Tag Archive | equine odontoclastic tooth resorptive and hypercementosis disease

Another Year, Another Tooth

Biz, my soon-to-be twenty-six year old Quarter Horse, had his dental check up last week.  Biz has EOTRH, which is a degenerative disease that affects his teeth, causing them to become spongy and weakened over time.  We have been watching them for a few years now, because the disease has no cure other than to pull the teeth as they become painful.  As it affects the incisors, which are a horse’s tearing teeth and not their chewing teeth, a horse can function perfectly well even after the affected teeth are pulled.

Two years ago he had a tooth pulled, and last year he almost lost two more.  Upon the recommendation of my vet and the equine dental specialist he works with, we decided to let the teeth stay and instead we adopted a watch and wait approach.  So, last week he had a new set of X-rays to see how the disease has progressed.  Unfortunately, two of Biz’s teeth have further deteriorated to the point where they are almost certainly causing him pain.  Like cats, horses are prey animals and they try to hide their pain if they are ill, so even though he doesn’t appear to be in pain, we have to guess that he probably is.  The good news is that he is still eating well and holding weight on, and my vet shared X-rays and photos with other vets who specialize in equine dentistry and they were all impressed with his overall appearance for his age.

So the question becomes when to do the deed.  I’m waiting to hear back on a date that works – and that will likely be in the next month or so.  After the surgery, there will be daily flushes with saline while his gums heal.  Thankfully, Biz has always been a very good healer.  I wish there were a tooth fairy for horses!  I could be cashing in!  It would all go to the vet bills anyway.  Oh, the things we do for our animals…

For previous posts on Biz and his tooth troubles…

Biz’s Narrowly Averted Surgery Last Year

EOTRH

Biz is in for More Surgery…

Tomorrow afternoon I’m taking Biz up to the vet clinic for another round of tooth extractions. We know he’s definitely losing one, but they may decide to pull a second as well, because the one that has to go is one in from the edge, and when it goes, there will no longer be any stability for the outermost incisor. So, that means I’ll be doing double duty again – flushing his mouth with saline solution as the wounds in his mouth heal.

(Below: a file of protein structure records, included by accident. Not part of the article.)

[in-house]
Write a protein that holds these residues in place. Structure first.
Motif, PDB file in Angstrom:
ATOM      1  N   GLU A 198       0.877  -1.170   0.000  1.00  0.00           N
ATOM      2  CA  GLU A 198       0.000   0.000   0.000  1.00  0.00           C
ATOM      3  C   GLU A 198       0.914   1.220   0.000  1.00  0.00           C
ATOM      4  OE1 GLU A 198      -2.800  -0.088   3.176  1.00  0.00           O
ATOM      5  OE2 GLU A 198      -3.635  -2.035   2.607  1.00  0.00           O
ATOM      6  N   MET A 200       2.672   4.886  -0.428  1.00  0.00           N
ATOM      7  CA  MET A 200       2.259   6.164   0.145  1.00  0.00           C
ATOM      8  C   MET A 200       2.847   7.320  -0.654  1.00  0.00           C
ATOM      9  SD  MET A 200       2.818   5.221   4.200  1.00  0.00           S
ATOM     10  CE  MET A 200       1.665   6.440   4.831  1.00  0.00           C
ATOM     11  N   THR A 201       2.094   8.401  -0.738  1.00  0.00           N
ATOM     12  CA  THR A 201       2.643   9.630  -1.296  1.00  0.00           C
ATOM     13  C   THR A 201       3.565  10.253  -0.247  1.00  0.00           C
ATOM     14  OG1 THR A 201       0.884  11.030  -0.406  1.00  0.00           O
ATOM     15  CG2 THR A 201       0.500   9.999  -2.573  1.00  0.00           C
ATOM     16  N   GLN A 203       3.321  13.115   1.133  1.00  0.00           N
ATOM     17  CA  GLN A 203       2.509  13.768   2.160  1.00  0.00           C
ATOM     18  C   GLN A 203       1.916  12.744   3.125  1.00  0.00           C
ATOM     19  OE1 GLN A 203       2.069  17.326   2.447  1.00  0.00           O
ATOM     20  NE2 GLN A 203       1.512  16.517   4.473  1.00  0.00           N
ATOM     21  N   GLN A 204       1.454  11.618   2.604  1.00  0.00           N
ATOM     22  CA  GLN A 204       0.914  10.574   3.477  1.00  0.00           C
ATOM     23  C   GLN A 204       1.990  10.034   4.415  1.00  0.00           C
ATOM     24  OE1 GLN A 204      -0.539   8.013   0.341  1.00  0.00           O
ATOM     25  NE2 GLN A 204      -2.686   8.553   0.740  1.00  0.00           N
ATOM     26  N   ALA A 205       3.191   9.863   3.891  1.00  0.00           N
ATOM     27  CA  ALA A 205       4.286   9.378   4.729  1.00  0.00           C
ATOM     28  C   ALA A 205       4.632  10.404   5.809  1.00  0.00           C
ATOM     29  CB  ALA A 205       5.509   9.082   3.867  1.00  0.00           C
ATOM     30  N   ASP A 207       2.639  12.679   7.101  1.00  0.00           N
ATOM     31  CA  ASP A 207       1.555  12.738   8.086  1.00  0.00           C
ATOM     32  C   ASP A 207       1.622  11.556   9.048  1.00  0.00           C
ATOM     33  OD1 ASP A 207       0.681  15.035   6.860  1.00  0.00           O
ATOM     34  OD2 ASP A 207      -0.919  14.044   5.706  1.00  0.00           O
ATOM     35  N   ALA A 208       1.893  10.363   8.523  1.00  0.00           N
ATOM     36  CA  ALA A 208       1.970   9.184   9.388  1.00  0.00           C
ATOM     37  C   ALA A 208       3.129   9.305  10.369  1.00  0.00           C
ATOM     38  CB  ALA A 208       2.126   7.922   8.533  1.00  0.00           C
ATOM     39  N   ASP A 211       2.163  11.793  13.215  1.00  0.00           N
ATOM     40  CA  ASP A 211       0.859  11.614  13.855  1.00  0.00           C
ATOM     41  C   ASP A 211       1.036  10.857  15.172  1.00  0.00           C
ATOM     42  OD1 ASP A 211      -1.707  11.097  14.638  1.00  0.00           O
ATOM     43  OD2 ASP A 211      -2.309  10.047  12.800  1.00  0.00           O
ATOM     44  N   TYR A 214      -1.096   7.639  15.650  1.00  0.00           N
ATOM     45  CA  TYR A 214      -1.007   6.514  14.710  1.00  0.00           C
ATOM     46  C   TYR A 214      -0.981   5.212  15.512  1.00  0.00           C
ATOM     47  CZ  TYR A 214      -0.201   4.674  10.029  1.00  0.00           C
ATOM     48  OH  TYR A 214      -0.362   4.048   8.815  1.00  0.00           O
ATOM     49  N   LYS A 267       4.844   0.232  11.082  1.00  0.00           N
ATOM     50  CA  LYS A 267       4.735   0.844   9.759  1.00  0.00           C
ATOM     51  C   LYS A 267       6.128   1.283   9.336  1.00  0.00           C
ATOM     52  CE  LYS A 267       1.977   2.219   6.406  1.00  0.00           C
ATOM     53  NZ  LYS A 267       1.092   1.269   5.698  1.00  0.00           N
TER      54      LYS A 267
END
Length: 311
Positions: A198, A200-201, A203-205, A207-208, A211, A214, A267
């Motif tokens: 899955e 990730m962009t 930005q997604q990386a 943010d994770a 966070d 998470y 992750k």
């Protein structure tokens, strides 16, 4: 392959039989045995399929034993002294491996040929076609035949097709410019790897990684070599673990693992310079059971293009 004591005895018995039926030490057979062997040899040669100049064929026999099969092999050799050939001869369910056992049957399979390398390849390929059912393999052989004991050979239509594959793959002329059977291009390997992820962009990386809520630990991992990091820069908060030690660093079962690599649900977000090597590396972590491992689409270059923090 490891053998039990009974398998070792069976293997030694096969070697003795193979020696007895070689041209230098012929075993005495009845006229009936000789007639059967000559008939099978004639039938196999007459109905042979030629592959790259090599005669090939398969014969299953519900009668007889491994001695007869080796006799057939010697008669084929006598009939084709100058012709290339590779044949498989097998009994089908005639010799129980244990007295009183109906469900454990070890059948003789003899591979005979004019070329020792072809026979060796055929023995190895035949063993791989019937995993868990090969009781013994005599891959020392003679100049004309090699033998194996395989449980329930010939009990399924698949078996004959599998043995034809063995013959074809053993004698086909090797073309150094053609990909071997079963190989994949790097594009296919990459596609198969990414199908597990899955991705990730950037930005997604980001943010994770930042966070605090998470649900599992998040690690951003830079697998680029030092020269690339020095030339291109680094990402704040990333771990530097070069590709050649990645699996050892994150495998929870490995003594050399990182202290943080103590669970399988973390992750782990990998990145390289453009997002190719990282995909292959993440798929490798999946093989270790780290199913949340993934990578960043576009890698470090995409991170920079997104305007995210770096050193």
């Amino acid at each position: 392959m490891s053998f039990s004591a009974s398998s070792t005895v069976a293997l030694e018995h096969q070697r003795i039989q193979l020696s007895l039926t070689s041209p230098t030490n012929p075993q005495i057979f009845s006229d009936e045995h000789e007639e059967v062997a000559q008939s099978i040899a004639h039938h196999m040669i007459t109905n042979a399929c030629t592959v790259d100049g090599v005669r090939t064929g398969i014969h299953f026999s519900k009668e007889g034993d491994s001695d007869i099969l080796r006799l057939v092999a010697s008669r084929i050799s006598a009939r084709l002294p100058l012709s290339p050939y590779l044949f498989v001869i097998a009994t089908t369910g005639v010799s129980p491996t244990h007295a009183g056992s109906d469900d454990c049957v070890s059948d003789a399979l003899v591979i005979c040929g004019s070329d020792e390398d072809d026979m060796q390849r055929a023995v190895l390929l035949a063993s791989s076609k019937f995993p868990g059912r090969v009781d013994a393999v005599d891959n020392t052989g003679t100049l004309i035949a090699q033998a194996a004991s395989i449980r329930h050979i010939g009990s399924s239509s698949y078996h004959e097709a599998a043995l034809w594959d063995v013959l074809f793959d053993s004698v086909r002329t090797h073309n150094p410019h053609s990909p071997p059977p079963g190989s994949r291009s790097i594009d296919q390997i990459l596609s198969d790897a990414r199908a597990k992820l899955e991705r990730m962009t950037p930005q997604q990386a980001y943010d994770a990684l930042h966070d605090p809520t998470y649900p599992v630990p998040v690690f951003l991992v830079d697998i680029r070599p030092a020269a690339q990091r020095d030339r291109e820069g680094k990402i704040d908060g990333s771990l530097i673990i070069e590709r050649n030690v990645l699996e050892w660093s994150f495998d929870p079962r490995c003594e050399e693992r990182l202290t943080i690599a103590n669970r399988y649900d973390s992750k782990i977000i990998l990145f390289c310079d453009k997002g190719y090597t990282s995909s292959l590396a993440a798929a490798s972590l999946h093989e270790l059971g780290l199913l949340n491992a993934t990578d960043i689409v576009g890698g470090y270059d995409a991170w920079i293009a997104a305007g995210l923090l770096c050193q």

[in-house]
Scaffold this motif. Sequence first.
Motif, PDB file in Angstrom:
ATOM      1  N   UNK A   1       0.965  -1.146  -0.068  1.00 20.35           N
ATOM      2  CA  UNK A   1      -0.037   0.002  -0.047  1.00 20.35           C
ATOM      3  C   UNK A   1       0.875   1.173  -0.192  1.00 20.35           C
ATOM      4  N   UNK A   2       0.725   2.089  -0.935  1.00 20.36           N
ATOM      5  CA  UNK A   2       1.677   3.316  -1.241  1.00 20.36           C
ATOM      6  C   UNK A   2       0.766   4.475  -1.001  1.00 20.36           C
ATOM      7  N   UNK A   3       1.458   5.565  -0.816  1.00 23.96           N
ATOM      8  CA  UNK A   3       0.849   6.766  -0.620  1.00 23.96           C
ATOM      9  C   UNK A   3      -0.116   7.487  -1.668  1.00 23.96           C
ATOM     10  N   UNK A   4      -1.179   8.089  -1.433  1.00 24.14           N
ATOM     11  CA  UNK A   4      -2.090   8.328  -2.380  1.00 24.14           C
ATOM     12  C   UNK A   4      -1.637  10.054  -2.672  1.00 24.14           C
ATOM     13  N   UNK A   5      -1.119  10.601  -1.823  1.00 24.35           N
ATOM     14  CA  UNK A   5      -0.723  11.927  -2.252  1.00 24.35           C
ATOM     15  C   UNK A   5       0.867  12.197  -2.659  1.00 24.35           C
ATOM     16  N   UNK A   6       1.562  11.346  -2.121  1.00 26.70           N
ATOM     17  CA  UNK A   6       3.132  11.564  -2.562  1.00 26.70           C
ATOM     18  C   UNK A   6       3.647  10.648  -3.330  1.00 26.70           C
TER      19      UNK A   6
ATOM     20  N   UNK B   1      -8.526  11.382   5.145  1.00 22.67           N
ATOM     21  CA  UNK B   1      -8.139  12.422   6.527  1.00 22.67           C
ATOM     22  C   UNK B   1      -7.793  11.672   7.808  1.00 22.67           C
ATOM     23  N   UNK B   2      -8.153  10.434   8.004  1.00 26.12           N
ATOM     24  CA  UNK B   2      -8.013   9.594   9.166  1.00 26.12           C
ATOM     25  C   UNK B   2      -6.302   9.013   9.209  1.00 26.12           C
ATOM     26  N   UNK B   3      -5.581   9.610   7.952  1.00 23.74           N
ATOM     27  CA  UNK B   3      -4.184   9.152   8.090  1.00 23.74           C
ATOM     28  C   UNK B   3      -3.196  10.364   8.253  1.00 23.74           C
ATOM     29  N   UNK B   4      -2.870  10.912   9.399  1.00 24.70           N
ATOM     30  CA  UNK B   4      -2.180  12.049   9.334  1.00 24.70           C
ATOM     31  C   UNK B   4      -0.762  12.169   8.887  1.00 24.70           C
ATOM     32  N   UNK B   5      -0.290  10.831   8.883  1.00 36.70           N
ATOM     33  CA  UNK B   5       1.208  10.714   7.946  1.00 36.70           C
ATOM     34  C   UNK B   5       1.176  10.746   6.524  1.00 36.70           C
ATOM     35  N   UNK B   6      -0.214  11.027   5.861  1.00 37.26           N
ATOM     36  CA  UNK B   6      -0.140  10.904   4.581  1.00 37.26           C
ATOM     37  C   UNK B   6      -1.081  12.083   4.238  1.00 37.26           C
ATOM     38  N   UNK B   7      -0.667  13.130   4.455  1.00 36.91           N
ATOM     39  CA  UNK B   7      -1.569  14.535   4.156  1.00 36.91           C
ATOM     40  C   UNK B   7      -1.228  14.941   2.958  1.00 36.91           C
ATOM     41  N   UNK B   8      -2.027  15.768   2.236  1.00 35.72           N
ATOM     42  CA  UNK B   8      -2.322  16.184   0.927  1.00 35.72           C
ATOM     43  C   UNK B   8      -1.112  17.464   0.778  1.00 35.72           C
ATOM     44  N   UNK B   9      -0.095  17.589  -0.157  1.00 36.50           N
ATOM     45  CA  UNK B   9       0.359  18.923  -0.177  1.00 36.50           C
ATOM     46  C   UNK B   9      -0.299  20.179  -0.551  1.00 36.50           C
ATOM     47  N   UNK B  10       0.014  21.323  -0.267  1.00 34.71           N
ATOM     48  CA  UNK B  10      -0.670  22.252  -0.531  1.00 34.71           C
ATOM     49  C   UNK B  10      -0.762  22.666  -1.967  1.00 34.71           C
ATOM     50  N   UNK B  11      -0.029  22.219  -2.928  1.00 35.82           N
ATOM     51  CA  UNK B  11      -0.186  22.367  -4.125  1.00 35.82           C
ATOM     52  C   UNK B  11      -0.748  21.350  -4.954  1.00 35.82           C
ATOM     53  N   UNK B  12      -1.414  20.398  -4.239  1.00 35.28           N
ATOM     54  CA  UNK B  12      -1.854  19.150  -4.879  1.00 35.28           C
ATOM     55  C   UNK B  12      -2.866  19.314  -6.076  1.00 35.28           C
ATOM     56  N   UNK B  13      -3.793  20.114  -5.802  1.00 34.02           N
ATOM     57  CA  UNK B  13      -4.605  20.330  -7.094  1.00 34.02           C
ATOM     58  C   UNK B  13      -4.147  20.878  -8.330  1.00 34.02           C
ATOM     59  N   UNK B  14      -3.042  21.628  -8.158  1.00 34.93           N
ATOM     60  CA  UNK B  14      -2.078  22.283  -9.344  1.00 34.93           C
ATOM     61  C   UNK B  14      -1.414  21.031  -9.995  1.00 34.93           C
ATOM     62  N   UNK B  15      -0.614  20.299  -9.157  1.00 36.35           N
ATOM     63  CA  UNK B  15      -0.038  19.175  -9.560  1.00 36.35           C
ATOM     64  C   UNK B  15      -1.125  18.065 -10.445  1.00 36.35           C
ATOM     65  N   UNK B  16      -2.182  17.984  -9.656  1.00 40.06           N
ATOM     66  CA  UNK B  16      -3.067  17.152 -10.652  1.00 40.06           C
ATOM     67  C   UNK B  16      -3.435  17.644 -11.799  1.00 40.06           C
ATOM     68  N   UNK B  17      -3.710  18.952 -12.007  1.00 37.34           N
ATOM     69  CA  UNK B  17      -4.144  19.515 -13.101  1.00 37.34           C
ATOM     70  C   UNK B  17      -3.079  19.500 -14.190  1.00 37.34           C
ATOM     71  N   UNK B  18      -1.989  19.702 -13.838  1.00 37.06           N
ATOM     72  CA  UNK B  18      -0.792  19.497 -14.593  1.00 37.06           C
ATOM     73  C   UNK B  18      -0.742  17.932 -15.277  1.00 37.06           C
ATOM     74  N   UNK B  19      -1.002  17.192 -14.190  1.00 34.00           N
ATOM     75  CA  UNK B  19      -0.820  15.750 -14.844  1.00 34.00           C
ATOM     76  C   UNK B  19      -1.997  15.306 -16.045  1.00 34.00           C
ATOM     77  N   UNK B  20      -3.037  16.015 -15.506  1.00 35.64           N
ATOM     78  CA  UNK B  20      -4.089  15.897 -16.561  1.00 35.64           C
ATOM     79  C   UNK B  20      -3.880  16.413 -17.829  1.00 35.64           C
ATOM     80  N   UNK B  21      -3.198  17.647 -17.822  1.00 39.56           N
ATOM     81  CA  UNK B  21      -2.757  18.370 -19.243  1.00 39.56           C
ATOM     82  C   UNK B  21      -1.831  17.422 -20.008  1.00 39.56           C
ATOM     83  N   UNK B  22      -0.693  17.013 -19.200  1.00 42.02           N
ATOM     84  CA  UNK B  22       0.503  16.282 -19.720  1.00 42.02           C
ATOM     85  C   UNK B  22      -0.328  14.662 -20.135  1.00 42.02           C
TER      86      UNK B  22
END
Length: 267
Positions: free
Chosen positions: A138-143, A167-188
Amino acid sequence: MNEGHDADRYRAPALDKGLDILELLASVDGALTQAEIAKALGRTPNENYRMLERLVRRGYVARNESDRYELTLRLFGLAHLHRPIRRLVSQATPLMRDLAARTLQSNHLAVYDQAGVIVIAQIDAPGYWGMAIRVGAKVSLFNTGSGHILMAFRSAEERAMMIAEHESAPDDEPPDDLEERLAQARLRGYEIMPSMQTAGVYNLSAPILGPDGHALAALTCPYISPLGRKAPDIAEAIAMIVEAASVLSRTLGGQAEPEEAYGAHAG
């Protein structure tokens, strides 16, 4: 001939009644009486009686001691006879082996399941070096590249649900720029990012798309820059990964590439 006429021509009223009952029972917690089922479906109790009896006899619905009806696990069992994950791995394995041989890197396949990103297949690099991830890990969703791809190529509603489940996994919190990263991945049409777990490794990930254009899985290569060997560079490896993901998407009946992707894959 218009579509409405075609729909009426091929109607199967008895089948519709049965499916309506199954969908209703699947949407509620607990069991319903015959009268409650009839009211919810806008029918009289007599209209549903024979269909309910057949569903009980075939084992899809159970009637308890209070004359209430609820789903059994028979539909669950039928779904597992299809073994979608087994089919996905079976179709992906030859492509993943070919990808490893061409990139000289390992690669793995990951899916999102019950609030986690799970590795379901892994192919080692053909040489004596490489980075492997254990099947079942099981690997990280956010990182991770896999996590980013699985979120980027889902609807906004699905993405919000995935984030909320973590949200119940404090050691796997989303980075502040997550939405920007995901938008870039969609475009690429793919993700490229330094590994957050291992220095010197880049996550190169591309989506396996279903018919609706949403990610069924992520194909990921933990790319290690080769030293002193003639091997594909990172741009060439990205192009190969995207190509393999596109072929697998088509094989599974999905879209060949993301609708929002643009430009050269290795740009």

For those of you who haven’t heard these stories before, Biz has EOTRH – which is the long acronym for a disease with an incredibly long name – Equine Odonoclastic Tooth Resorptive and Hypercementosis disease. In short, Biz’s teeth are getting spongy on the inside. And as they get spongy, his body creates balls of “cement” around the root of the tooth to try to prevent the tooth from just deteriorating and breaking off. This latest tooth is close to breaking and is very loose in his jaw, so it’s gotta go. Better to have a planned extraction than an emergency trip because it broke. So tomorrow, Biz will take the trip up to the vet clinic, get sedated, have a nerve block, and have that long, spongy, breaking tooth tap-tap-tapped out of his jaw. Likely in several pieces. And with much cringing by his human mother throughout the procedure. Because unlike last time, I know what to expect – and it’s worthy of some cringing.

Actually, I’m pretty lucky that my horse’s vet is one of those gentle kinds of vets who has a true fascination and passion for the work that he does. He genuinely wants to teach others what is going on with the disease processes of their animals. And because he knows I’ve been to hell and back with Biz (see my other posts about Biz if you have an interest in those other traumas), he doesn’t worry at all about me breaking down in the operating room. So I get to watch! Although there is an element of squeamishness, I get to stay throughout the procedure, talk to Biz, and see firsthand how big a horse’s tooth is, all the way to the end of the root. And just how firmly rooted it is in that jaw, even if it is falling apart.

So, even though I try not to worry, I will anyway.  I’ll feel a lot better tomorrow afternoon when Biz is done with his surgery and he’s home… Why can’t we stop time and stay young?  I guess that’s a post for another time.